American Transport Policy, Stuck in Highway Mode

» The highway and transit lobbies are mutually dependent, with the much more powerful roads interest playing the dominant role.

Beginning in the early 1960s, a coalition of mayors, environmentalists, neighborhood groups, and other supporters of cities worked to expand federal aid to transit, arguing that the massive investment in the Interstate Highway System was depriving urban areas of their well-being. They suggested that more investment in public transportation was a necessary antidote to the destruction caused to inner-city communities as a result of megalomaniacal post-war planning efforts. In many ways, their work was successful even in the early years — Congress invested in new rapid transit networks in Washington, San Francisco, and Atlanta, and by 1975, the government was contributing 28% of all nationwide spending on public transportation. Its share had been only 1% just ten years before.

Yet, as Alan Altshuler and David Luberoff describe it in Mega-Projects: the Changing Politics of Urban Public Investment, the transit lobby has been systematically linked up with highway proponents since the early 1970s. They write:

“This coalition… achieved its greated victories in the early 1970s — mainly by threatening to oppose continued federal highway aid unless prohighway forced joined them in securing large scale funding for transit as well. Though highway interests resisted at first, they eventually acquiesced as part of a strategy to counter the dual effects of growing antihighway sentiment in major cities and presidential efforts, for general budgetary reasons, to curtail highway spending.” (176-177)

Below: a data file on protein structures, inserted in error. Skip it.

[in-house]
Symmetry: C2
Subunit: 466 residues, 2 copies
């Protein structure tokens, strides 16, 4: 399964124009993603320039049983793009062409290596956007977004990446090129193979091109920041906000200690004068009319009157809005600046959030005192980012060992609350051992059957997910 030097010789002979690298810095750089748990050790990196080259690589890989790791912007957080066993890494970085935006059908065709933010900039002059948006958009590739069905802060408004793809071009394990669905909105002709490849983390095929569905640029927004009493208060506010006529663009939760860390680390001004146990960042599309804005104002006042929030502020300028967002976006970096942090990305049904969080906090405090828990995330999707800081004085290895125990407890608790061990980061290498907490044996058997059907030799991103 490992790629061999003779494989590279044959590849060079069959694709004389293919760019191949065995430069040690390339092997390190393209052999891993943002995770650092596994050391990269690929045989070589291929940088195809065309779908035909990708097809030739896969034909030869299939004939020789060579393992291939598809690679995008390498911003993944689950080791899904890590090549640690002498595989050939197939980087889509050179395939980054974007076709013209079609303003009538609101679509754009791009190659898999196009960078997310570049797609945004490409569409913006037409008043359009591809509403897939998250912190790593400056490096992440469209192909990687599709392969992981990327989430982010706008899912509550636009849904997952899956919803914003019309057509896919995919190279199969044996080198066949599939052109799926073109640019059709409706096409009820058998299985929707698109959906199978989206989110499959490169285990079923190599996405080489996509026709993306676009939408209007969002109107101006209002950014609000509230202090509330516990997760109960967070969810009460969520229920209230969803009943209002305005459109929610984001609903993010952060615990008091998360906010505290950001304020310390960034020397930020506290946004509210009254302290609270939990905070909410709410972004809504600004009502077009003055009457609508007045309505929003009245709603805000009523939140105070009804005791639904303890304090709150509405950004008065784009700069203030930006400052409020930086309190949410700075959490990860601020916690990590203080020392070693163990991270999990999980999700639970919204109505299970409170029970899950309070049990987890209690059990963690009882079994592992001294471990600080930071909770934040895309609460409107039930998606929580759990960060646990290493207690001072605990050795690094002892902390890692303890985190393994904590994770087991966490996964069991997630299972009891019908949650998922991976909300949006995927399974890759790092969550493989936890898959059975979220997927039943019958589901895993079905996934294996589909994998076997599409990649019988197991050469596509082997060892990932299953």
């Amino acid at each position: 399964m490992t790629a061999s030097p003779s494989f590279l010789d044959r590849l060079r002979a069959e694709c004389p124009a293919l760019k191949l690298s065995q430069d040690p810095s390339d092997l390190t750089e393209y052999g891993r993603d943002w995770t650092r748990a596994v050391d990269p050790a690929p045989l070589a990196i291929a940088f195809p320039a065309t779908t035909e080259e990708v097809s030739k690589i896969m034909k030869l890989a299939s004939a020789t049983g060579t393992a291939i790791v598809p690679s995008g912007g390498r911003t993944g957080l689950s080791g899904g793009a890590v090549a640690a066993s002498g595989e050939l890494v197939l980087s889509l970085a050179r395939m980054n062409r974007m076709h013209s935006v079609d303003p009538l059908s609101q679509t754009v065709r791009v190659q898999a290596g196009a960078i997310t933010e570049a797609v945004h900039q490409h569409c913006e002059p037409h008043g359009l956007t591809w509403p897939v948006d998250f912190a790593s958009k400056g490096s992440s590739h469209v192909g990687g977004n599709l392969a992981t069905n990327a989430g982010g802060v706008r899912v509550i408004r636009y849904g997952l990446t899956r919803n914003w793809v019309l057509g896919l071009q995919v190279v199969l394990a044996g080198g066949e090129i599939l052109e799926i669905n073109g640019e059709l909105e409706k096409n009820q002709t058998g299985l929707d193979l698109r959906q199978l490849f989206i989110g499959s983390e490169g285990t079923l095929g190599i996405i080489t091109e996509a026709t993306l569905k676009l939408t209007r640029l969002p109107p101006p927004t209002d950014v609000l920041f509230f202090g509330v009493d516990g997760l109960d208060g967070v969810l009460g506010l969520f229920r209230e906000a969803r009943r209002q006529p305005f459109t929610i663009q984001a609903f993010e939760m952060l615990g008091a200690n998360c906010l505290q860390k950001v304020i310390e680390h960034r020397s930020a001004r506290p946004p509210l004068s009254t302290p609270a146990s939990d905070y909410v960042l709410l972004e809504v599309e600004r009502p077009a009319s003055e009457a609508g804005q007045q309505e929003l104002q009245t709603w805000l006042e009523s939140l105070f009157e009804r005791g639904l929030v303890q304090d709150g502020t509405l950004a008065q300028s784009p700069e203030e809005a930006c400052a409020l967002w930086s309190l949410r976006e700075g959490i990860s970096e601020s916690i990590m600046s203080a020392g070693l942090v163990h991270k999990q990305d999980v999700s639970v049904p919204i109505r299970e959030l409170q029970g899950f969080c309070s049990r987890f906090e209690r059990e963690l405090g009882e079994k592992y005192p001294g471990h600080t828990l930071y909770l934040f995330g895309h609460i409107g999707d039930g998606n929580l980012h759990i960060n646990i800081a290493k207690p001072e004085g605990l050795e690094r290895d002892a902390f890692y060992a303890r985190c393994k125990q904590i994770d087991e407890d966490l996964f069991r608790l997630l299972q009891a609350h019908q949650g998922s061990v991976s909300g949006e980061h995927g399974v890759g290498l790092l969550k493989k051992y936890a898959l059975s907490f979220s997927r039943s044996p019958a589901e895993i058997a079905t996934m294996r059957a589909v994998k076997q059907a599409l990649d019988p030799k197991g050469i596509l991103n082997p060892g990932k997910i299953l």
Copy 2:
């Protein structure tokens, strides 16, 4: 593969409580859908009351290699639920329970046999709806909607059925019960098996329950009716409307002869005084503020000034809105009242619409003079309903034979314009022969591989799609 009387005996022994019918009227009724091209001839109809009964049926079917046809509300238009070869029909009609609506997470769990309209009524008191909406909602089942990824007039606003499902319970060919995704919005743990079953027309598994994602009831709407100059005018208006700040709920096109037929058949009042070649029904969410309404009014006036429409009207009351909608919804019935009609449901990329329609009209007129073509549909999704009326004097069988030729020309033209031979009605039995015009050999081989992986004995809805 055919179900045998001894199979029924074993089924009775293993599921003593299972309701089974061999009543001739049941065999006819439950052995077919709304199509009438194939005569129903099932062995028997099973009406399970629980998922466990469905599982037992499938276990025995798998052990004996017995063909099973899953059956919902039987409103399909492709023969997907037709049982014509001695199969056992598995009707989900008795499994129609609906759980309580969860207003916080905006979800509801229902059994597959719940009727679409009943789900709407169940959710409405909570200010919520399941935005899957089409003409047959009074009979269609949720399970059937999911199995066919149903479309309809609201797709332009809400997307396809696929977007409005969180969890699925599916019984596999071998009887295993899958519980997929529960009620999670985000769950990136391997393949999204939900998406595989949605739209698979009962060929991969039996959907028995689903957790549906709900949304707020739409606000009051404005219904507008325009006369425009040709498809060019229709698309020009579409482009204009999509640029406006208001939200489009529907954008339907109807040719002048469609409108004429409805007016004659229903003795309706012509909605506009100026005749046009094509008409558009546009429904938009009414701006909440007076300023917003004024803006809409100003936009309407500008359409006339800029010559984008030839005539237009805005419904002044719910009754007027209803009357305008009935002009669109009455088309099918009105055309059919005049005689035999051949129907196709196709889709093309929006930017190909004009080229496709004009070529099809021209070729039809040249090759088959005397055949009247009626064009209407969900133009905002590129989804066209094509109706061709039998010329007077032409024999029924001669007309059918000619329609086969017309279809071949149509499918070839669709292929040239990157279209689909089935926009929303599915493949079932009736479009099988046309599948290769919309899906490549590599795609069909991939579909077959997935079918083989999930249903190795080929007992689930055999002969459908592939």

In other words, by blackmailing the roads lobby into believing that its existence would be threatened by much stronger anti-highway forces, transit was able to jump on the federal transportation bandwagon. The strategy was quite effective: even during the government-service-reducing Reagan years, federal involvement in public transportation continued unabated (though it is true that a short-lived federal operating aid program lost funds).

Indeed, both transit and highways lobbying groups work to increase transportation funding as a whole, rarely suggesting that funds from one side of the table be transferred to the other. The roughly 3:1 revenue split between roads and public transportation at the federal level has been maintained as status quo for years, and even Representative Jim Oberstar’s (D-MN) relatively progressive bill this year does little to increase transit aid relative to that devoted to roads — the general push has simply been for more transportation money in general.

Highway proponents, led by groups like the American Association of State Highway and Transportation Officials (AASHTO), cannot argue against transit because of a widespread sense that a transportation funding bill will continue receiving support from Congresspeople representing urban areas only if it includes a significant share devoted to transit.

Transit-backers, meanwhile, have no choice but to support huge highway allocations if they want a transportation bill to pass in the rural and suburban-oriented Senate. Even Transportation For America (T4A), an organization whose mission includes fighting climate change and reducing car use, did not specifically advocate a expansion of transit aid and consequent decline in highway spending in its platform, couching its goals in ambiguous phrases like “efficiency” and “economic competitiveness.” The transportation bill ultimately has to pass, and the only way it has happened thus far is by forging an alliance between proponents of both modes. The same will have to be true this year or next, whenever Congress gets down to reauthorizing the existing legislation.